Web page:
There are three types of big data for marketers:

  • Customer data, which refers to any information about the people or businesses that you serve.
  • Financial data, which refers to the information about the company that tells you about its financial performance and health.
  • Operational data, which refers to the information that comes out of your business’s day-to-day operations, including purchase data, inventory, etc. 

When it comes to analyzing big data, these five technologies are the most popular amongst marketers:

Hadoop Ecosystem: The Hadoop Framework was designed and developed to help companies store and process data on different high-speed and low-expense machines, where it can later be revisited to be analyzed.

Artificial Intelligence: Artificial intelligence, or A.I., is the use of advanced computer software technology to develop intelligent machines that are capable of carrying out tasks that would usually be reserved for human intelligence.

NoSQL Database: Technologies within the NoSQL Database family are used to provide a method for data recovery and acquisition. It makes it easier for companies to store, find and utilize their data in real time. 

R Programming: This system is used by companies for visualization, statistical computing, developing statistical software, data analysis and more.

Data Lakes: If you have data in multiple different formats, then you may want to go with a Data Lake. These consolidated repositories for storage can carry all data formats and helps businesses understand the data and make better decisions.

Learn more about each of these technologies by reading this blog post from Jigsaw Academy.

Technologies helping UGC campaigns

Data matters, and putting that data to work for you is the key to changing your user generated content marketing strategy for the better. You could have the best creative assets in the world, but if it isn’t getting in front of the right people, it’s moot. That’s where Cohley can help you and your business to succeed.

Take our recent case study with Rhone for example. Adam Bridegan is the Chief Marketing Officer at Rhone, a men’s performance lifestyle brand. He understood that even though they were making good content, they needed to get with the times and implement a technology-based solution to get it in front of people.

So, they reached out to Cohley to see what could be done. Even with Rhone’s limited resources, they were able to look at the data available, audit their content and have some important conversations which led to some valuable insights — including the fact that their creative looked too similar to their competitors.

So they changed things. 

They started to work with content creators that thought and worked differently than their usual approach — and as you could guess, things started to change pretty quickly.

With an influx of new content at their disposal, they were able to ramp up their testing, which increased the amount of data available to them. While they were originally testing 10-15 pieces of creative  a week with their marketing strategy, they were now able to test 50+ things a week. From here, they can rely on the data to drive the performance, which frees up their limited team to focus on other aspects of the business.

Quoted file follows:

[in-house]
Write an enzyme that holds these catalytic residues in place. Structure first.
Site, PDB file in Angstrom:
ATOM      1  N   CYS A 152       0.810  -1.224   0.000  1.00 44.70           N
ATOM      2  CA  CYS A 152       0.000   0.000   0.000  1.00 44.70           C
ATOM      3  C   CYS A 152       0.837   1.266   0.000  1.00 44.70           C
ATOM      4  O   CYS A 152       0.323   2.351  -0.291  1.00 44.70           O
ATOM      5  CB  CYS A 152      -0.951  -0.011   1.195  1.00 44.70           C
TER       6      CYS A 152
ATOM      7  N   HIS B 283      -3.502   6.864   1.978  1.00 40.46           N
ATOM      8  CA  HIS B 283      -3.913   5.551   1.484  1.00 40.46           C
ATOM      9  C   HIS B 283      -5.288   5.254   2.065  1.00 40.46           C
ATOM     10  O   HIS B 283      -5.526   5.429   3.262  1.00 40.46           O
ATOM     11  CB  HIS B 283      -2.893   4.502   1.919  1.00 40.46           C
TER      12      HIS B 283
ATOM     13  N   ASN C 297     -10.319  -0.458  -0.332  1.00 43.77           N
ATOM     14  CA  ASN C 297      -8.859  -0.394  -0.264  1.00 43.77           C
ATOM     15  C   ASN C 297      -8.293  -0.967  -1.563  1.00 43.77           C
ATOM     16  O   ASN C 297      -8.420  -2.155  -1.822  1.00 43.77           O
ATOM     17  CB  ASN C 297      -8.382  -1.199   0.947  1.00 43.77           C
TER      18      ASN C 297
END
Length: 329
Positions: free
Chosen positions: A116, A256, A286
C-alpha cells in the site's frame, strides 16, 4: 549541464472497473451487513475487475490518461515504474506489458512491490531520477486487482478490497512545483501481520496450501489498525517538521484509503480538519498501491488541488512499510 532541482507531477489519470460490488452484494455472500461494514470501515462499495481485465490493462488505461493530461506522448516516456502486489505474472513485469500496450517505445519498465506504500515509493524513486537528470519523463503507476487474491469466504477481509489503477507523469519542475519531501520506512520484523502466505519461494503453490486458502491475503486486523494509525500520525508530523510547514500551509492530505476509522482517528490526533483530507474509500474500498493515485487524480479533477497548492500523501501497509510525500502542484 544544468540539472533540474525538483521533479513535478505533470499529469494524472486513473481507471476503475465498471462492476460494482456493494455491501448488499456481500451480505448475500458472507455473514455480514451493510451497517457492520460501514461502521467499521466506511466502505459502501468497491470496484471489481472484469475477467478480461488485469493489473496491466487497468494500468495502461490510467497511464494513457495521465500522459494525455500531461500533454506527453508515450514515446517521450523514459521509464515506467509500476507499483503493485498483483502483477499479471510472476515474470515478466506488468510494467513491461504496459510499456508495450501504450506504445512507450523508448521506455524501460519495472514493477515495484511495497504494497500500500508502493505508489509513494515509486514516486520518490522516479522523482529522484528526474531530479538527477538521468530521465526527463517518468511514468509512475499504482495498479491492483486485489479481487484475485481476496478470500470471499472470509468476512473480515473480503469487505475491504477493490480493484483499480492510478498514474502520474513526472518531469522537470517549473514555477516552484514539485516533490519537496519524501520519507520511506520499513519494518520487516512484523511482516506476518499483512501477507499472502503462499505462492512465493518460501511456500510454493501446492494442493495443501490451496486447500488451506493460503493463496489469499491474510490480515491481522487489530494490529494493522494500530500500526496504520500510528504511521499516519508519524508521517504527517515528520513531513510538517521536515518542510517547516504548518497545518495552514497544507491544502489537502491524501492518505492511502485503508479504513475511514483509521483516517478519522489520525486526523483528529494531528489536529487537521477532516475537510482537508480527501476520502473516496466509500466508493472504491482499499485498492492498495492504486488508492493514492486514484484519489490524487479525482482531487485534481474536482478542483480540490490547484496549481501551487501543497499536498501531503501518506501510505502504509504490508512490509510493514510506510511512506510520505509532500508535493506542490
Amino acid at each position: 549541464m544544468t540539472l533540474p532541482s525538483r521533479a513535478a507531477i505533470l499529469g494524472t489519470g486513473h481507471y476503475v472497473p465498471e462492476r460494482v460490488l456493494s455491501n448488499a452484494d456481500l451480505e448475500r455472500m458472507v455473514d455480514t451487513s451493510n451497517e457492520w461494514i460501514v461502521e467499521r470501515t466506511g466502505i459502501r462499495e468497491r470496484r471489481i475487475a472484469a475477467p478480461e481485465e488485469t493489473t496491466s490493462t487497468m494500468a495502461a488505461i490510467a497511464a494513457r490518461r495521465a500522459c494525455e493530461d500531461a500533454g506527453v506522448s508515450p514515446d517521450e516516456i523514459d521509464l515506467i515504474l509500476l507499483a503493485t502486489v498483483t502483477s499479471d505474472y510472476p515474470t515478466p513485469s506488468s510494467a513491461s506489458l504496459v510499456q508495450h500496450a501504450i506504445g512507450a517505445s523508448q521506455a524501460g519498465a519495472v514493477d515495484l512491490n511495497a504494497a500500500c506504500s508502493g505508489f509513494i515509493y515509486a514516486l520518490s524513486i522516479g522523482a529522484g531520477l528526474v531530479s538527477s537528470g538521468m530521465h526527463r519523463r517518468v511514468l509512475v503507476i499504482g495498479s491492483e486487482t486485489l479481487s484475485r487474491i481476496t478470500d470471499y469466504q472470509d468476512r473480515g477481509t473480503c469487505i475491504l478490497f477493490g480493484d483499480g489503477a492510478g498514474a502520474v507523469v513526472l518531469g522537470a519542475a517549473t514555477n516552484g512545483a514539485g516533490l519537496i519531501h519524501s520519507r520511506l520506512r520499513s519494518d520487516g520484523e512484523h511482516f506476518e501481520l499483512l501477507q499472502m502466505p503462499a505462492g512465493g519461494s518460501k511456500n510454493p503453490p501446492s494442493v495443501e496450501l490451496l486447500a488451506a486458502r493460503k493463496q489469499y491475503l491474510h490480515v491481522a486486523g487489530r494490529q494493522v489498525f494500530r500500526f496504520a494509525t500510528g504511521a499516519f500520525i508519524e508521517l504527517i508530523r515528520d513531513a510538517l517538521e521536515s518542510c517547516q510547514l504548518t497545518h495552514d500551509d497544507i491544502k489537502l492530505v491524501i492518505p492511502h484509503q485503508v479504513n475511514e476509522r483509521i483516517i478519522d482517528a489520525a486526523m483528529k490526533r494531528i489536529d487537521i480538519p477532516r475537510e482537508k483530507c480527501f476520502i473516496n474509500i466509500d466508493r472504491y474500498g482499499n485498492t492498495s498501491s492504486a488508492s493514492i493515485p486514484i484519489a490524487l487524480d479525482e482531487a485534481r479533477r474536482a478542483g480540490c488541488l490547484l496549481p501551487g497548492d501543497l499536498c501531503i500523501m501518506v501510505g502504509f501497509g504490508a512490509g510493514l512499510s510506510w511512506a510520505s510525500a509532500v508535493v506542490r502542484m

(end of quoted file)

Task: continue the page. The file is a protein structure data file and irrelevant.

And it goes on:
As you can see, when you get an outsider perspective like Rhone did, you can increase your reach without messing with the bottom line. This allows you freedom as a brand to try new things and put yourself out there on different platforms. You never know where your next lead could come from, but data gives you a much better chance of finding out.

Read more about using your UGC effectively here.

UGC + Data - A love affair for the ages

Not only does data help you adjust your marketing strategies, but it also creates opportunities to rethink traditional iterative workflows. When you look at the findings from a case study that Cohley did regarding workflow, you’ll find some great examples of how data can help reshape how your company spends its time and money.

For example, you can rely on data to narrow down how you’re spending your time and money with campaign development. Instead of spending money on a vast array of campaign possibilities, you can use data to make granular decisions along the way to find easily testable units.

The more you learn throughout testing with iterative variables, the more informed your decision making process will be. This pays off in the short term with each individual campaign, and it can be a big factor in any macro changes your business makes, such as an approach to your content production in general.

In the end, it’s all about the details. What data can provide you is more information that can be leveraged into better results. The more you learn and understand about your findings, the better off your strategy and business will be in the long run.

Are you ready to utilize data and implement it into an effective user generated content strategy? If so, contact Cohley today to see how we can help you improve your marketing strategy and grow your brand on the Internet and beyond!

Parker Dietz
Head of Content
With a wealth of knowledge about competitors and pricing, Parker is all about exploring the best way to communicate Cohley's benefits. Outside of work, Parker enjoys poorly playing guitar at parties, watching every Adam Sandler movie ever made, and eating Arabic food.